|Billionaire Boys Club|
Theatrical release poster
|Directed by||James Cox|
|Music by||Joel J. Richard|
|Cinematography||James M. Muro|
|Edited by||Glen Scantlebury|
|Distributed by||Vertical Entertainment|
|Box office||$2.7 million|
Billionaire Boys Club is a 2018 American biographical crime drama film directed by James Cox and co-written by Cox and Captain Mauzner. The film stars Ansel Elgort, Taron Egerton, Kevin Spacey, Emma Roberts, Jeremy Irvine, Thomas Cocquerel, Rosanna Arquette, Cary Elwes, and Judd Nelson. The film is based on the real life Billionaire Boys Club from Southern California during the 1980s, a group of rich teenagers who get involved in a Ponzi scheme and eventual murder. The story was previously made into a television film in 1987.
Originally announced in 2010 and filmed in 2015, Billionaire Boys Club is one of the final works that Spacey filmed prior to numerous sexual misconduct allegations made against him in 2017, and the accusations directly affected the film's release schedule and marketing. The film was finally released in the United States through video on demand on July 17, 2018, prior to a limited release on August 17, 2018, by Vertical Entertainment, and was both a critical and commercial failure. The domestic opening weekend box office take of just $618 was the lowest of Spacey's career.
Led by their fellow preppie friend Joe Hunt, a group of wealthy young men in 1980s Los Angeles come up with a plan to get-rich-quick with a Ponzi scheme. The plan ends badly for all involved when Hunt and friend Jim Pittman end up murdering investor and con man Ron Levin.
In May 2010, The Hollywood Reporter confirmed that James Cox would direct the crime thriller film Billionaire Boys Club, the true story of a group of rich young boys in Los Angeles during the early 1980s who started the Billionaire Boys Club to run a Ponzi scheme. Cox wrote the script in four months after an exclusive research of the events with his brother Stephen, who spent another four months on it. Cox gathered the material for the screenplay from court documents, oral transcripts, and published articles. He said, "as we were writing this, I thought, 'What if 'Wall Street' became 'Alpha Dog' halfway through?" Holly Wiersma would produce the film.
On October 29, 2015, Ansel Elgort and Taron Egerton joined the cast, with Elgort playing Joe Hunt, the group leader and financial expert, and Egerton playing Dean Karny, a pro tennis player. Captain Mauzner also co-wrote the script along with Cox, while producers on the film would be Wiersma and Cassian Elwes. The film would be financed by Armory Films, and Good Universe would handle the international sales. In November 2015, Kevin Spacey signed on to play Ron Levin, a Beverly Hills high roller, Emma Roberts was added to the cast to portray Sydney, Hunt's love interest and Suki Waterhouse was cast to play Quintana, Karny's love interest.
In December 2015, Variety reported that Judd Nelson, who originally played Joe Hunt in the 1987 miniseries Billionaire Boys Club, would play the role of Ryan Hunt, Joe's father. That same month, Ryan Rottman signed on to portray Scott Biltmore, one of the two handsome twins adopted by the owner of Maybelline, who first invested in the Club and Thomas Cocquerel joined the film.Bokeem Woodbine, Billie Lourd and Jeremy Irvine also joined the cast of the film, with Irvine playing Kyle Biltmore, one of the members of the Billionaire Boys Club, Lourd as Rosanna, his love interest, and Woodbine as a club bouncer who becomes involved in the club's doings.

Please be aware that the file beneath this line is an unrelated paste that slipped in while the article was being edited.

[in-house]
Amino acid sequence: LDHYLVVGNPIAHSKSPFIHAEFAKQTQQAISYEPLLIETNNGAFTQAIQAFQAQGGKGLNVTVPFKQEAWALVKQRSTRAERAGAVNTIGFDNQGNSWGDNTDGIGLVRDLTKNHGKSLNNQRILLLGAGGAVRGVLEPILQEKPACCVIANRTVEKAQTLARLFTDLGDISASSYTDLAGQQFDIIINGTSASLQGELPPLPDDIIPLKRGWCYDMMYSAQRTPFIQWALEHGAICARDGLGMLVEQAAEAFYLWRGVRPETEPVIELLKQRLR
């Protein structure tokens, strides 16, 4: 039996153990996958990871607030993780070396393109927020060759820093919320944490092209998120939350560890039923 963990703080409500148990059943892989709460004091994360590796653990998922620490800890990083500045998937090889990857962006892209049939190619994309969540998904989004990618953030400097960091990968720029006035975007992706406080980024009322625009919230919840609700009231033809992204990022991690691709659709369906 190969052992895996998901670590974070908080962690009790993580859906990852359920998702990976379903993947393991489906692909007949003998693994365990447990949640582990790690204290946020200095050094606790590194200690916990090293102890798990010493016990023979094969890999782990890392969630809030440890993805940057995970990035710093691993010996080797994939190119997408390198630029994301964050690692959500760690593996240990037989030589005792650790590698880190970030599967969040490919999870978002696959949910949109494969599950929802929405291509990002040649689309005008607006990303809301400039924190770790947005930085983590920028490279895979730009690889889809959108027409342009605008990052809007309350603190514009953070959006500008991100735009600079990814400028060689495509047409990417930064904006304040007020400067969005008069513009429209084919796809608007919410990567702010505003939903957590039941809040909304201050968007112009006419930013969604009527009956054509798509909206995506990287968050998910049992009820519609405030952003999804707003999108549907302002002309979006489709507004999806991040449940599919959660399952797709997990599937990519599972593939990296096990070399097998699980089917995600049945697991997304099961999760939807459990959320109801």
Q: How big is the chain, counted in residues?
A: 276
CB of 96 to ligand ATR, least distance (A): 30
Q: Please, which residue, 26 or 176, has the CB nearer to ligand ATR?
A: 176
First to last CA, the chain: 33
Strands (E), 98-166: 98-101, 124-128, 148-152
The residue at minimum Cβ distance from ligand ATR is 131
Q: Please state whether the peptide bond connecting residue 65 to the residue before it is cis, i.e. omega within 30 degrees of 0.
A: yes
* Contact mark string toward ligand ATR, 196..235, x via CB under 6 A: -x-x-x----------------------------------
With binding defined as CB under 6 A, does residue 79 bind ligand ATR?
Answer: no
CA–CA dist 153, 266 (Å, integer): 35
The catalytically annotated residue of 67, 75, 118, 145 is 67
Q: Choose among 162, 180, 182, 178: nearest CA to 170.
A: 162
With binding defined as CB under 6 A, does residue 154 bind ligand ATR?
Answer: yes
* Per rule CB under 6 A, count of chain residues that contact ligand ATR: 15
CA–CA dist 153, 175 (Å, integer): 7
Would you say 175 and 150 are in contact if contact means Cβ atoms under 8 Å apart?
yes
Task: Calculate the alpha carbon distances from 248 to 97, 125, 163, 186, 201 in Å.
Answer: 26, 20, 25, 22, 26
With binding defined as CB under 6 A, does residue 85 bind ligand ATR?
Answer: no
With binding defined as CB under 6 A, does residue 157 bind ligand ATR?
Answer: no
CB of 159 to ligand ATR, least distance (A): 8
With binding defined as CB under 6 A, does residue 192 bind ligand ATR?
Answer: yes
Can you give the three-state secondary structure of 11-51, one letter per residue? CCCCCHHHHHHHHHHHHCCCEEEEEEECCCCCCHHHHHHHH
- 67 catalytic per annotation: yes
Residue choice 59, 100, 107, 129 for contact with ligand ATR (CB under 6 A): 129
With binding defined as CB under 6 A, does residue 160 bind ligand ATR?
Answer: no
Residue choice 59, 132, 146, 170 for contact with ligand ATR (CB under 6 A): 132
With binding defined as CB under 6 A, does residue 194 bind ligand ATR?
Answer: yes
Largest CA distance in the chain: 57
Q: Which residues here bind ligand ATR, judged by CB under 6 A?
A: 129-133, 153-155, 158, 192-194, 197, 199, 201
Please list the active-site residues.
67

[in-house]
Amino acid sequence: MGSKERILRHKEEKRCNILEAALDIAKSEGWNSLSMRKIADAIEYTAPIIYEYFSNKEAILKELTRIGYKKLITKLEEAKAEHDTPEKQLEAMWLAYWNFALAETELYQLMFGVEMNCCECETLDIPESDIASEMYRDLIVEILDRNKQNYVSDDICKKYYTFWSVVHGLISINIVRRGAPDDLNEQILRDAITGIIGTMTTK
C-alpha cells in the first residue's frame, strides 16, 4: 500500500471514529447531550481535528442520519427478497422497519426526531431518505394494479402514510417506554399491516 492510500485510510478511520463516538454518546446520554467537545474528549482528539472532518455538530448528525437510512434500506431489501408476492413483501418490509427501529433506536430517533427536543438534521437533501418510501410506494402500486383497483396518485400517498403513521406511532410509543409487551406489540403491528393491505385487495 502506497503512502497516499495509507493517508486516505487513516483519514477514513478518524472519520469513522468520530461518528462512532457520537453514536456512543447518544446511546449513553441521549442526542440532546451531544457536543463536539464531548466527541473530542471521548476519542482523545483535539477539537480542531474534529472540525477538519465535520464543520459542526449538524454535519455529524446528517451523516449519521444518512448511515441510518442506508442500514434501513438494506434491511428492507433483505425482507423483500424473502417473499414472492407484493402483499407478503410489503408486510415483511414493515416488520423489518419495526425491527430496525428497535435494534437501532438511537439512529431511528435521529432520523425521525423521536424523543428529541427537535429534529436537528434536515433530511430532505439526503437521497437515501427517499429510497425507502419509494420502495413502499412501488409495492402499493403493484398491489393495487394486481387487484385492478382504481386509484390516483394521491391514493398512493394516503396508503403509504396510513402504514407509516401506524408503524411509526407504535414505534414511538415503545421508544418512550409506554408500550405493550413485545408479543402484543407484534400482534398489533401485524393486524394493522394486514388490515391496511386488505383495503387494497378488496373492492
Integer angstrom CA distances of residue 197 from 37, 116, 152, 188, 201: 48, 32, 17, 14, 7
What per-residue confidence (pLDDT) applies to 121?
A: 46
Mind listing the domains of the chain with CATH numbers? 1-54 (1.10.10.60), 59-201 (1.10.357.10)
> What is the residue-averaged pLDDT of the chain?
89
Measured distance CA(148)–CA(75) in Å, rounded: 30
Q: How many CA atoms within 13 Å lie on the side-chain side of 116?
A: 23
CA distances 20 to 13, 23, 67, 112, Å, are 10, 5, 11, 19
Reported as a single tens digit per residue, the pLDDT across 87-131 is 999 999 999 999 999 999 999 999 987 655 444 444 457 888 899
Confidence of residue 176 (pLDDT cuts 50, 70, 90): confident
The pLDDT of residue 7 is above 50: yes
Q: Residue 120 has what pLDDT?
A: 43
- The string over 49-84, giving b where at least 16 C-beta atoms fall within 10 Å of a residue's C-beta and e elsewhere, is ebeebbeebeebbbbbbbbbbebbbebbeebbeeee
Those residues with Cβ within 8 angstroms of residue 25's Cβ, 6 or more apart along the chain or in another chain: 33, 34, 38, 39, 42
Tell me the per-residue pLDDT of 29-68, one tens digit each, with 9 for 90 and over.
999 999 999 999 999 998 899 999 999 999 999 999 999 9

Despite allegations of sexual misconduct being made against Kevin Spacey in October 2017, Vertical Entertainment stated that they would be going forward with the release of the film:
We don't condone sexual harassment on any level and we fully support victims of it. At the same time, this is neither an easy nor insensitive decision to release this film in theatres, but we believe in giving the cast, as well as hundreds of crew members who worked hard on the film, the chance to see their final product reach audiences.
Billionaire Boys Club grossed a total worldwide of $2.7 million and just $1,349 in North America, against a production budget of $15 million. On its opening day in the United States, the film earned only $126 from ten theaters, the worst opening for a film starring Kevin Spacey.TheWrap noted that the ten theaters where the film was shown were mostly located in areas which were not considered to be major markets, and that some of the theaters showing the film scheduled their screenings for off-peak times, such as early in the morning or late at night. The weekend total gross ended up at $618, with a final theater count of eleven.
On the review aggregation website Rotten Tomatoes, the film holds an approval rating of 7% based on 15 reviews, with an average rating of 3.46/10. On Metacritic, the film has a weighted average score of 30 out of 100, based on 5 critics, indicating "generally unfavorable reviews".
Mick LaSalle of the San Francisco Chronicle said that he has no doubt that "Spacey is very good at playing the bad guy" and that although only in a supporting role "dominates every moment of every scene in which he appears". LaSalle was unconvinced by the idea that Hunt made "bad decisions involving thousands [that] led to more bad decisions" but rather "the storm was of his own making" and concludes as his "life unravels, so does the movie". Eric Kohn at IndieWire called it a "wannabe Wolf of Wall Street" and said that it is "intermittently engaging as a B-movie" but "never finds a satisfying tone." John DeFore at The Hollywood Reporter called the film "a derivative bore" and accused it of being "creatively clueless" for "indulging in this period piece without finding some fresh critique".
|2019||Golden Raspberry Awards||Barry L. Bumstead Award||Billionaire Boys Club||Won|||